"Remembering Captain Fred Davis"
By Kelly Niebel
Published: Tuesday, February 12, 2019

His eyes. They said it all. Every. Single. Time. It will, perhaps, be what I remember most about my friend.

Captain Fred Davis was a staple at the Tribune long before I joined its ranks as a reporter in 1994- and long after I left the editor's desk in 2008. As his family recently shared with readers, Fred penned his first Boat Smart column for Woods-N-Water News in 1990. The column served as a vessel to educate others and promote safe boating practices.

It was born from his years of experience teaching power squadron and Coast Guard Auxiliary classes, operating his salvage and towing business Thumb Marine, and as captain of his fishing charter, the Miss Port Austin.

By the time I returned from the Midland Daily News to become the Tribune's news editor in 1997, the Boat Smart column was a fixture in the Tribune's summer publication, the Thumb Resorter. It marked the beginning of my professional relationship with Fred and his wife, Pat. More importantly, it opened the door to what would become a cherished friendship.

Through the years, we have broken bread and lifted a glass or two while doing our best to solve the world's problems. Fred was never shy with his opinion. And even if he happened to be debating the tone of his delivery, well, the eyes … they had already ratted him out. You weren't going to have to guess where Fred stood on an issue, which is what led to his inquiry about writing a non-boating column. Fred was a keen observer of the world around him, and he had some things to say about it - how he saw it. And, in 2005 his column "As I See It" was born.

As Fred saw it, the Upper Thumb was a true gem. He was a staunch supporter and promoter of the region and his beloved home base of Port Austin. He sang its praises far and wide to any who would listen - and even louder to those who tried to turn a deaf ear. He touted the vast recreational opportunities, the majestic sunrises and sunsets, and the people. He loved the people and his community, a community he served in numerous ways through the years. He and Pat were always grateful they put down roots in the Upper Thumb and raised their four girls here.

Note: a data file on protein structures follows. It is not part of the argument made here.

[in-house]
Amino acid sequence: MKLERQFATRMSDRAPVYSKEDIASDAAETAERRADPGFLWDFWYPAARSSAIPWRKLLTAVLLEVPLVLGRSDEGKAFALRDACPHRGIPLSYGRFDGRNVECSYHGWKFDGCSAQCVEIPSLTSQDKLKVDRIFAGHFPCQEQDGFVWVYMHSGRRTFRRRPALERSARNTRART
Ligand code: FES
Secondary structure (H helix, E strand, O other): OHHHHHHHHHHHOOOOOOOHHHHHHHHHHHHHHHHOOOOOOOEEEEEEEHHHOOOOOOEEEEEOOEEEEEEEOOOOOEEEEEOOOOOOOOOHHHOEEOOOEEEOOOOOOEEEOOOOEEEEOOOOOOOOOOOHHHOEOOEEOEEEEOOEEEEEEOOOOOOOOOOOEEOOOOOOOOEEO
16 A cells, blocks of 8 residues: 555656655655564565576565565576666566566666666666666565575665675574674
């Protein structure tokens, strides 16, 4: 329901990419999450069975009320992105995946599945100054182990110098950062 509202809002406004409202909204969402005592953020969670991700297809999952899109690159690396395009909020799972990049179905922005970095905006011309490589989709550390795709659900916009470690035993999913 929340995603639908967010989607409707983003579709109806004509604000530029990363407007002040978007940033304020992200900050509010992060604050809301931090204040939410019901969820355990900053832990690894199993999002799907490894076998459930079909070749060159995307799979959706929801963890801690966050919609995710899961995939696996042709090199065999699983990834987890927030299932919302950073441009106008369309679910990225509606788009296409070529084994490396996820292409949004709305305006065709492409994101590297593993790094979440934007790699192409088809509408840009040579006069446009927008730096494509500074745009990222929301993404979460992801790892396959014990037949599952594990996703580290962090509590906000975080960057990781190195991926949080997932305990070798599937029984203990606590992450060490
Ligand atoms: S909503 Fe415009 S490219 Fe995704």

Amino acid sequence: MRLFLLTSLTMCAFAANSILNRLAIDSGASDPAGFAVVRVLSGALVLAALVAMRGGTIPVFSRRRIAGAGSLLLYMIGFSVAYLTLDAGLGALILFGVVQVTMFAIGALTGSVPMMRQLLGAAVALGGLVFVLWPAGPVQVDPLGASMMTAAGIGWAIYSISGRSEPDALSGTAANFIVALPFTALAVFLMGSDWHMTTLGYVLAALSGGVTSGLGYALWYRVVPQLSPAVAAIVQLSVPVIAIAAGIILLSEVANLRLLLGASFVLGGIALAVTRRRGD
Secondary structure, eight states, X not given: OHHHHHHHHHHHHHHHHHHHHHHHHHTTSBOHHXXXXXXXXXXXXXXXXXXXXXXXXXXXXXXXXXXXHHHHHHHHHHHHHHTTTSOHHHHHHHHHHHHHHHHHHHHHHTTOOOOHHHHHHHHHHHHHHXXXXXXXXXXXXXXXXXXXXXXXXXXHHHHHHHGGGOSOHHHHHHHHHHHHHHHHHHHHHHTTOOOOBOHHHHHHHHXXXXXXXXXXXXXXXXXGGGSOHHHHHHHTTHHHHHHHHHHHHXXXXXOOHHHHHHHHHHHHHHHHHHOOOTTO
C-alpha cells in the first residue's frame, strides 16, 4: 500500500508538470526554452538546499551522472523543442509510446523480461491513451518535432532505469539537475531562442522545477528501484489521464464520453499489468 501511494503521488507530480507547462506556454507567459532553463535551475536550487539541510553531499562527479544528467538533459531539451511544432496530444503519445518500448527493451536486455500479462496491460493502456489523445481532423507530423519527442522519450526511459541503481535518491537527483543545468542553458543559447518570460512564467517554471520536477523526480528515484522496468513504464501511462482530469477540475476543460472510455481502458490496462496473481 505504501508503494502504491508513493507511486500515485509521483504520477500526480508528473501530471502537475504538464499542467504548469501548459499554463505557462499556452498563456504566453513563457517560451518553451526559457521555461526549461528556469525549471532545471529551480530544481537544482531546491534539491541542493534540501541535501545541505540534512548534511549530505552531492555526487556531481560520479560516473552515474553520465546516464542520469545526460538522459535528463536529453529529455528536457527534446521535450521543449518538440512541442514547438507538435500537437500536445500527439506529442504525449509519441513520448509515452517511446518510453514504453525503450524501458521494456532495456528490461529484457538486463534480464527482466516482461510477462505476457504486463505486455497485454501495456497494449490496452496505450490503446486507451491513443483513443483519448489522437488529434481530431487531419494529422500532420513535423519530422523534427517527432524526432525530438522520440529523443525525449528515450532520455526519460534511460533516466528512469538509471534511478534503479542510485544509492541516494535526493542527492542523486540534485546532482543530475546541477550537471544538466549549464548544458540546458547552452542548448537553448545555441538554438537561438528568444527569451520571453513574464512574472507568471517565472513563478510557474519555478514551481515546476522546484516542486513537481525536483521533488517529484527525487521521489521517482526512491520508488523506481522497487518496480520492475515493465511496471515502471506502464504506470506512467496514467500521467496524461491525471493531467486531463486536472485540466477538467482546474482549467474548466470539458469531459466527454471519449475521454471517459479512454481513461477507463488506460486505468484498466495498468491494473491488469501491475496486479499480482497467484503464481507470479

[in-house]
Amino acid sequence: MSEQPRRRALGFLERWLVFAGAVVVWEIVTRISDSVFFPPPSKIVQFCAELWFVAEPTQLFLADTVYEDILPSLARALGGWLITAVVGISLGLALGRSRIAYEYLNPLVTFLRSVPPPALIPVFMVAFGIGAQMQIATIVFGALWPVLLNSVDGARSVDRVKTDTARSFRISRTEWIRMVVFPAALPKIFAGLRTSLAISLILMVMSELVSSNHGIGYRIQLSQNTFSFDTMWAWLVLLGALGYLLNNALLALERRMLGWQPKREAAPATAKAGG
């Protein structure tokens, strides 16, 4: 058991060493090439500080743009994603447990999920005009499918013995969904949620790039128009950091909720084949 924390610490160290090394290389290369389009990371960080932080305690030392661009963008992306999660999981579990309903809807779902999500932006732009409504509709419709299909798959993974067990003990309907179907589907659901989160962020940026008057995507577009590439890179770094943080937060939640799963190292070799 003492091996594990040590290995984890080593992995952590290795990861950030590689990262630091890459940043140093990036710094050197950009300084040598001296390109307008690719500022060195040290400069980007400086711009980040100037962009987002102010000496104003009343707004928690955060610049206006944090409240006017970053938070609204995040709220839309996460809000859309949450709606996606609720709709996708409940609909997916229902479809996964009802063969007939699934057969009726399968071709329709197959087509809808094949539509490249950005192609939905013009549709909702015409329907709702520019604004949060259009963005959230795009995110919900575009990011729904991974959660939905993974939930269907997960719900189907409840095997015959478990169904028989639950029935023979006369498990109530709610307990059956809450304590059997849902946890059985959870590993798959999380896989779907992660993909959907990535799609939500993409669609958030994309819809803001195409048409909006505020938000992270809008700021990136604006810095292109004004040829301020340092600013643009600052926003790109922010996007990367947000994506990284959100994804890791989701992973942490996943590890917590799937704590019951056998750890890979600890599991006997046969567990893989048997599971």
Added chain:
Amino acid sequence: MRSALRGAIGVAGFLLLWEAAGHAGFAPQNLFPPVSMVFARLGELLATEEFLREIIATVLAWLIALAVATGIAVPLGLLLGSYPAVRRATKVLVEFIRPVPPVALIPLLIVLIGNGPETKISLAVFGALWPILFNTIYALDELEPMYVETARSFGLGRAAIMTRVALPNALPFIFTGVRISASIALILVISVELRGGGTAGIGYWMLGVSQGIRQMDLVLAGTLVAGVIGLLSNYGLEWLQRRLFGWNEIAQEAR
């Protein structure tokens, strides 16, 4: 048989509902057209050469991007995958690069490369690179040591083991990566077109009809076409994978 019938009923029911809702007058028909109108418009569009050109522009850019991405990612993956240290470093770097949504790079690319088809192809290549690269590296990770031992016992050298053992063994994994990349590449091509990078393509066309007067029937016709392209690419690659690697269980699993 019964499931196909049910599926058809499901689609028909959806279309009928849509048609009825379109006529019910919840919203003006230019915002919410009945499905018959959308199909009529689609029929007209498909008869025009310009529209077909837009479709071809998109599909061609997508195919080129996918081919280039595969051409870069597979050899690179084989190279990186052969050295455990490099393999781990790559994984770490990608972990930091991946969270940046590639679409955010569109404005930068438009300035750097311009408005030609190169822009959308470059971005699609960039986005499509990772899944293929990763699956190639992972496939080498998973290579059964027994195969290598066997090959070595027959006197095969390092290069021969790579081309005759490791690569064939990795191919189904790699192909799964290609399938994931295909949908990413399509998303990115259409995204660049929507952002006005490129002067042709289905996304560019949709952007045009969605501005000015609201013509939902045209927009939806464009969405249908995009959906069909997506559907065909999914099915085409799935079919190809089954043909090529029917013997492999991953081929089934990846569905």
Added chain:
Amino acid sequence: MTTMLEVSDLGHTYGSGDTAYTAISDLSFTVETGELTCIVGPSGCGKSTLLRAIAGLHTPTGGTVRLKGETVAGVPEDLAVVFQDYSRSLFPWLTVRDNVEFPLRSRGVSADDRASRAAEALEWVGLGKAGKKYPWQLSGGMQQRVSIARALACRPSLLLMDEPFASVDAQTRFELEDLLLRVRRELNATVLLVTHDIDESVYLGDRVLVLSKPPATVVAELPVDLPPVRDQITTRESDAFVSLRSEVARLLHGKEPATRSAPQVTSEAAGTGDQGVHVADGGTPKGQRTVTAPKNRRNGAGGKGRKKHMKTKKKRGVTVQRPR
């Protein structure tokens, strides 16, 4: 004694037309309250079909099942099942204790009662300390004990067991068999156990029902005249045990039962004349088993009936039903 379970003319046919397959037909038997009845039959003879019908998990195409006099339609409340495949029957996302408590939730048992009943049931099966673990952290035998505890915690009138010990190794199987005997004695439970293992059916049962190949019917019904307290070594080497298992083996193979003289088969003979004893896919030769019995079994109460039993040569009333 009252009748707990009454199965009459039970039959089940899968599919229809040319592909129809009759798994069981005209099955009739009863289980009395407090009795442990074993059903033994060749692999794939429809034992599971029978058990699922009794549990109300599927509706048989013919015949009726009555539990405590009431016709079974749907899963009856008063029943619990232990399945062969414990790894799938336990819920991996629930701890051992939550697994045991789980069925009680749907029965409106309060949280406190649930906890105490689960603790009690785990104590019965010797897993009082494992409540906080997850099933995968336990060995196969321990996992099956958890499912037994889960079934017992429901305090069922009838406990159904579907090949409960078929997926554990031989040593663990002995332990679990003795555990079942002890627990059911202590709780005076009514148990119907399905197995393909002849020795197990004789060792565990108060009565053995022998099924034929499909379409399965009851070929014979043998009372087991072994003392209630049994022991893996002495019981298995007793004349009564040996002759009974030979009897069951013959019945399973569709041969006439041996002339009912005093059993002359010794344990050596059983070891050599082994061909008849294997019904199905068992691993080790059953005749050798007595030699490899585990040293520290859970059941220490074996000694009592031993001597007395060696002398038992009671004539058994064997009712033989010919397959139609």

Speaking of his girls, those eyes of his would beam with pride when Fred talked about them and the lives they've carved out for themselves. As for the grandkids and the "greats" that came after them, well, they evoked a look of unending joy, sheer and pure joy.

he was gearing up to launch his latest good-natured zinger, those eyes would flash an undeniable glint of mischief. Of course, there were other times, those times when you'd know in a split second if you'd said something deemed foolish or, heaven forbid, out of line.

And, with one look he could size you up on a dime as he once did with this then kid-editor, deciding she probably wasn't half bad and the sassy streak that caused her parents fits during her teens might just be amusing along the way.

Through the years, my friendship with Fred and Pat grew as we pondered politics, talked Tigers, maneuvered medical maladies, celebrated milestones and mourned the loss of loved ones. But more than anything, we have laughed. About everything. About nothing. About things that can't be shared here. And sometime over the course of these years, though I'm not sure exactly when, I became an honorary Davis. Number 5.

Now, I'm not the first Number 5. There's at least one to come before me, and I suspect if we rounded up the others we could field a baseball team of our own. But whether it's 5 or 59, that doesn't matter. Heck, it could be 159. I got drafted to a championship team.

By Captain Fred's side at the helm of that team has been his bride, Pat. If you were to describe to someone what love looks like, no words would be needed if they could see Fred gaze upon his "first mate."

It was a love affair that spanned decades, a partnership in the truest sense of the word. They were a dynamic duo that welcomed me into their little corner of the world showering me with friendship and love. What a gift.

Thank you, Fred. Fair winds and following seas, my friend.

Kelly L. Niebel is the former editor of the Huron Daily Tribune.

Return to Home Page of Tipsforboating.com


Copyright © Fred Davis. All rights reserved.